Music to my ears

While working I always like to have music on in the background, every day being different depending on my mood for the day. This simple act of listening to music brought a thought to me of people’s reaction to this, mainly with the misconception that being deaf means I cannot enjoy music (or any deaf people can).

I think one of the worse things I’ve been asked on a night out with friends is “why are you bothering to come clubbing if you’re not going to hear the music?”. This was pretty hurtful at the time I have to admit, but then I thought why be annoyed? It wasn’t their fault, they just automatically assumed that my deafness would mean I wouldn’t be able to hear the music and therefore I wouldn’t enjoy it.

So what can I hear? Well with my hearing aids doing their upmost to bring my levels as near as possible to “normal” levels I can hear a lot! However, please never ask me or any deaf person to ask what we can hear in comparison to you. The simple fact is, everyone, deaf or hearing has their own unique levels of hearing, so no one person hears things or interprets the sound the same way. However, for my levels personally, my tone range is very weak at the higher frequency levels, so the ‘S’ is completely silent for me, I’m constantly having to say word’s with ‘s’ in them to myself in my head before I vocalise the word in the hope that I’m saying it correctly. And this is the same for music which may utilise instruments or songs with high frequency tones, I just don’t hear them. I’m very good at hearing bass sounds. Or should I perhaps say, I’m very good at feeling bass music. One of my superpowers to make up for being disabled through my hearing, is the ability to sense vibrations. In reality, everyone has this superpower, it’s just because hearing people are using their ears to detect sounds, your brains are utilising this medium more, whereas for me, because my ears obviously don’t work as they are meant to, my brain has learnt to utilise other methods to help me decipher my world around me, so for the heavier sounds, I actually detect it through the ground. Obviously different surfaces have different abilities to transmit sound, wooden floors are better than concrete ones for example. Another issue with me personally is that I rely a lot on the ability to lip read, a tough skill which most deaf people rely on. This skill augments what I am hearing through my hearing aids. It is something which is very tiring though! When people are talking to me face to face, I’m hearing the sound come in and then lipreading to decide what is being said. This is harder than you think, because many words sound and look the same when spoken, so I am having to quickly decide the most likely word that was used in the sentance, but in the meantime that person has more than likely finished the sentance and/or started another. This is why I’m always behind on conversations by a few seconds or more! I’m very lucky in life, I’m surrounded by great hearing friends who always look out for me, indeed one of them (see her great blogs on running here! http://fellrunlikeagirl.wordpress.com) knows me so well now, she knows when I’ve heard her properly or not!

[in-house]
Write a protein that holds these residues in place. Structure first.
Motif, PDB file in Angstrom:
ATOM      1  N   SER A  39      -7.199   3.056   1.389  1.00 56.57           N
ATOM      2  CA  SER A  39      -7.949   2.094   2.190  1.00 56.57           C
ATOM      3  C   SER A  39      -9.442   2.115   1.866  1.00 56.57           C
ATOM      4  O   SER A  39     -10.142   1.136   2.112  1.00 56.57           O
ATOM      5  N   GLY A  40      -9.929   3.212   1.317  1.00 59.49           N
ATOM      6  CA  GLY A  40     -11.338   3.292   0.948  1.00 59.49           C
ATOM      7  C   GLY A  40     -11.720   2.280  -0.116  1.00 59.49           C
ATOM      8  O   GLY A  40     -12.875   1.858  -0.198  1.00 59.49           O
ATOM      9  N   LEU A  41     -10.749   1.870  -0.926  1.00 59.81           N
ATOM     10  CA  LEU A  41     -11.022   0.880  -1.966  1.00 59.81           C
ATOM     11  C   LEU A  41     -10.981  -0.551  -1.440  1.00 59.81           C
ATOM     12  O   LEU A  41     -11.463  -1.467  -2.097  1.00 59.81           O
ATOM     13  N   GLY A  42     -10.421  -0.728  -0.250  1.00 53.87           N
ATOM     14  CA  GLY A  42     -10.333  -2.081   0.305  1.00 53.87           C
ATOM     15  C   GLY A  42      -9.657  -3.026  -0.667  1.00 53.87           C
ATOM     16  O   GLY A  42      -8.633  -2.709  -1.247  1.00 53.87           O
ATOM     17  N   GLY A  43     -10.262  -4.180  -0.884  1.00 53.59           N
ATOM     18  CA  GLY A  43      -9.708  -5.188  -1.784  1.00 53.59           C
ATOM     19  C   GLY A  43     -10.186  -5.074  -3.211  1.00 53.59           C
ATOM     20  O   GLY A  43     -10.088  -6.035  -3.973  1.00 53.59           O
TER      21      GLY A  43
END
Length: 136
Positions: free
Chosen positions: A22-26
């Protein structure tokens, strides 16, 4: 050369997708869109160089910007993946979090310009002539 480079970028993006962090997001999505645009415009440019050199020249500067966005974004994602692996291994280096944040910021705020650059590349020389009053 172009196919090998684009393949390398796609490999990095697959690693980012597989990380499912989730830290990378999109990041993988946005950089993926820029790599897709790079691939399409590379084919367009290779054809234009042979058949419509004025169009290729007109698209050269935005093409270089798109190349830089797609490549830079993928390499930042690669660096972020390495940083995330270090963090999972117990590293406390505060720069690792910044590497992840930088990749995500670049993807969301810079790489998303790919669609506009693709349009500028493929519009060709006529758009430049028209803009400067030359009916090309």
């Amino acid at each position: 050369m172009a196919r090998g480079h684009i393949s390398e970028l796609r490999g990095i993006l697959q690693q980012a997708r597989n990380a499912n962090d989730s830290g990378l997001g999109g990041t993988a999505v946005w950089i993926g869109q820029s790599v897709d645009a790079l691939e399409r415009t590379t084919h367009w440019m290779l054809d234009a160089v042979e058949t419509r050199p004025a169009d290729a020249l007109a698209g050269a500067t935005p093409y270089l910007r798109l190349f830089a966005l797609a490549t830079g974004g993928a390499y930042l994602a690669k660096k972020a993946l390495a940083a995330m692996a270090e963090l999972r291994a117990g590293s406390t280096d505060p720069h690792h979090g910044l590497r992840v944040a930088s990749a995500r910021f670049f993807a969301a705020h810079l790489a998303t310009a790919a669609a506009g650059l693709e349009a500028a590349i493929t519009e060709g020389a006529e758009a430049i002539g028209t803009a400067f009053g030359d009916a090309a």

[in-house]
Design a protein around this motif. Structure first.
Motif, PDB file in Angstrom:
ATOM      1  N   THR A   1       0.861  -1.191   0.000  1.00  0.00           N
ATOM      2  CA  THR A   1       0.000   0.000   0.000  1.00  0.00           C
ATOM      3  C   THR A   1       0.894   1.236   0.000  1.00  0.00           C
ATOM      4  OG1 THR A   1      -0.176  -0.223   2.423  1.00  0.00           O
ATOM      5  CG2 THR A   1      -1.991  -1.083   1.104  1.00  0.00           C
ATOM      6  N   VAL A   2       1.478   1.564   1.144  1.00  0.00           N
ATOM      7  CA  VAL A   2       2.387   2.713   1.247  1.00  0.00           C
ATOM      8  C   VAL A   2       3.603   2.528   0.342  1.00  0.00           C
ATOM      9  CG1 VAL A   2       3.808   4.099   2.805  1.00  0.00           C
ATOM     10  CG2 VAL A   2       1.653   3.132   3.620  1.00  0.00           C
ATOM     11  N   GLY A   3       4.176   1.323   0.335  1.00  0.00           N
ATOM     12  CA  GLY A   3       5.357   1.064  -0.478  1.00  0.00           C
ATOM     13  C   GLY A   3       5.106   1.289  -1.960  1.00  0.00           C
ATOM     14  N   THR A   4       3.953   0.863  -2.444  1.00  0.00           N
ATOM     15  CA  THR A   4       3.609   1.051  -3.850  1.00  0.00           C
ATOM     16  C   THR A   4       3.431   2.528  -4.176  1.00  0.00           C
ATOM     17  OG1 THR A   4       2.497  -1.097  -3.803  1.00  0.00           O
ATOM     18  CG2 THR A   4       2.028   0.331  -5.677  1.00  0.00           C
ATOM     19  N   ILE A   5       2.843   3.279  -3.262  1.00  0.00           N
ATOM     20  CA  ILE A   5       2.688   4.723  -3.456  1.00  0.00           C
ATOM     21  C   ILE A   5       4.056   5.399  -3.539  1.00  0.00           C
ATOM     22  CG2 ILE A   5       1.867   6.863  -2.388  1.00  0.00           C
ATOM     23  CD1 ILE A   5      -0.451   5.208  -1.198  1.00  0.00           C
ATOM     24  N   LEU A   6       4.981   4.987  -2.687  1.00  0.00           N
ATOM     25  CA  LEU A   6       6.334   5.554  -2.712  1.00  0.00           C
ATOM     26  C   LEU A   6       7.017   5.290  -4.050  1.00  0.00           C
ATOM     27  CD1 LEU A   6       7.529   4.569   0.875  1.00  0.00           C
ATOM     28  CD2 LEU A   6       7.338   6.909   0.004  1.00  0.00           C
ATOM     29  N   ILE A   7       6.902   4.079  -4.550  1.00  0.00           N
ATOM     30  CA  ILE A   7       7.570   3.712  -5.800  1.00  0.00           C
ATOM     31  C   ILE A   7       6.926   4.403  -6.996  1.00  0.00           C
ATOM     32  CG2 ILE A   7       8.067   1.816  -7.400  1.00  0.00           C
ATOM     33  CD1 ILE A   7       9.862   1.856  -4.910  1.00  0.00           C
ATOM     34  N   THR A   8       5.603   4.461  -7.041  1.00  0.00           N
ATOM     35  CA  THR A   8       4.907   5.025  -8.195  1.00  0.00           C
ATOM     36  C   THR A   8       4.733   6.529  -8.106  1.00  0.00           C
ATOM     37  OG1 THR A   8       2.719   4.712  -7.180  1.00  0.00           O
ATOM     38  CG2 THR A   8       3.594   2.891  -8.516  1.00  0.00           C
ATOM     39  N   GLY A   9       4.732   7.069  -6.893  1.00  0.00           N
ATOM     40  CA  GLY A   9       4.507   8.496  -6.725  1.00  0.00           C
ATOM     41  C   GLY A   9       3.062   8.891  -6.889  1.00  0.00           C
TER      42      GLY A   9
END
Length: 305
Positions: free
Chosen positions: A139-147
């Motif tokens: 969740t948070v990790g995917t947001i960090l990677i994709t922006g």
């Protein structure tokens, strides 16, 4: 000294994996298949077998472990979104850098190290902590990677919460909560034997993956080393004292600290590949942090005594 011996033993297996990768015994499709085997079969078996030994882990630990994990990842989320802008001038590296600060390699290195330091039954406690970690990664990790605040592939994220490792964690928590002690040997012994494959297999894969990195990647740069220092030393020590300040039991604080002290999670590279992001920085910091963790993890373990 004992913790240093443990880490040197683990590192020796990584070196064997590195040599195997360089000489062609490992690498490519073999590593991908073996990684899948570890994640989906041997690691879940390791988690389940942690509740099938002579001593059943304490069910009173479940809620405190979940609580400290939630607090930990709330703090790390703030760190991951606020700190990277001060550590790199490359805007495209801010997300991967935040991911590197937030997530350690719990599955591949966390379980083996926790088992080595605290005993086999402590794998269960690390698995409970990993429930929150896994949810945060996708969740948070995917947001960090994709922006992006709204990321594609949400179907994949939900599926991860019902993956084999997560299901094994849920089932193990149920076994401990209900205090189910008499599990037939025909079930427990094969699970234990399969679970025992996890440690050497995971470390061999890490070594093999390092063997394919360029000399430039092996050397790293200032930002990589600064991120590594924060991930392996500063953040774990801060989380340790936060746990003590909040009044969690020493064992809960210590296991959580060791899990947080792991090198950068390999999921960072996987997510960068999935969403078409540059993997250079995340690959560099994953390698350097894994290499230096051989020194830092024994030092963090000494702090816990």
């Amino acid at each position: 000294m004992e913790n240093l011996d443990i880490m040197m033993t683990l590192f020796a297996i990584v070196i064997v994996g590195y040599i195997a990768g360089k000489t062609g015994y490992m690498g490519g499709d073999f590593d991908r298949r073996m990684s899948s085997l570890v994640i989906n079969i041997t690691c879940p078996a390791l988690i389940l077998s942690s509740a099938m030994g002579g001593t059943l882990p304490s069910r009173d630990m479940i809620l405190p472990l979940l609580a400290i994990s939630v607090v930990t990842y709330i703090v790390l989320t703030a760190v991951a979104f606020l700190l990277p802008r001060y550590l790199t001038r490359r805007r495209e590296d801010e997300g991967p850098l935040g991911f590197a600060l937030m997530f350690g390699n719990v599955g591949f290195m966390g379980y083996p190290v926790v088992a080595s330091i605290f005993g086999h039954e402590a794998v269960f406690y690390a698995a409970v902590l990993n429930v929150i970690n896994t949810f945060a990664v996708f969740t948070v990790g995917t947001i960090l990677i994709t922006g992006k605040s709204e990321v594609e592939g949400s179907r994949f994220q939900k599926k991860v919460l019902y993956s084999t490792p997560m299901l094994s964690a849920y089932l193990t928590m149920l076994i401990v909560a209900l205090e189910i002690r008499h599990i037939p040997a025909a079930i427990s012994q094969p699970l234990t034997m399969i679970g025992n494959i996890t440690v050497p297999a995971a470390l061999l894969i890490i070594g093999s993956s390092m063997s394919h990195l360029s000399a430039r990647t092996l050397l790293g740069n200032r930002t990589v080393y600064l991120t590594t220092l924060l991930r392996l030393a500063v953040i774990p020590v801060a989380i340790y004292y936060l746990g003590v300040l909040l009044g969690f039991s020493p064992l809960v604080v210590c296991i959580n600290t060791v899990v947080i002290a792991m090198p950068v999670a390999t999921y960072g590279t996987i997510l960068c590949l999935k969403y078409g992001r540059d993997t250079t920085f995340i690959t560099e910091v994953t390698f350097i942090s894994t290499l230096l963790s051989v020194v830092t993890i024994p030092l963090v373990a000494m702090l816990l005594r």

Back to music though, because of my hearing levels and the need to lip-read, when it comes to music, there are very few songs I actually know the words to. Instead I rely on the band/singer to get the emotion of the song through how the music is played and the power of the vocals. If there is a song I really like, I can rely on good old google to search out the lyrics. But to me, this doesn’t detract from my enjoyment of music, I still have my favourite bands, and with everyone, I still flick from genre to genre depending on my mood at the time. For work, I tend to listen to easy listening pop music or indie, if I’m feeling really tired, I’ll have my rock music on to keep me awake while working! For long drives I like to listen to hard house or trance (mainly from my uni days!) but for driving late at night, I prefer classical, mainly because I can be known to be a manic driver, therefore it is probably best to have calming music to keep me safe on the roads at night! I have to say, being deaf has obviously deprived me of the full enjoyment of music, how much different would it be for me to understand the lyrics, but please don’t feel sorry for me! Music has played a huge part of my life and still does so, I’ve just learnt to adapt and enjoy it in my own way.

So next time you are talking about a band or particular type of music around a deaf person, don’t stop awkwardly, join them in the conversation! For all you know they probably know the words to your favourite song off by heart!

On that note, my CD collection needs adding to (yes, I have an iPhone, I’ve just never been good at downloading music onto it so I’m sticking to the old fashioned CD’s for a while longer) so I better get shopping, any recommendations??

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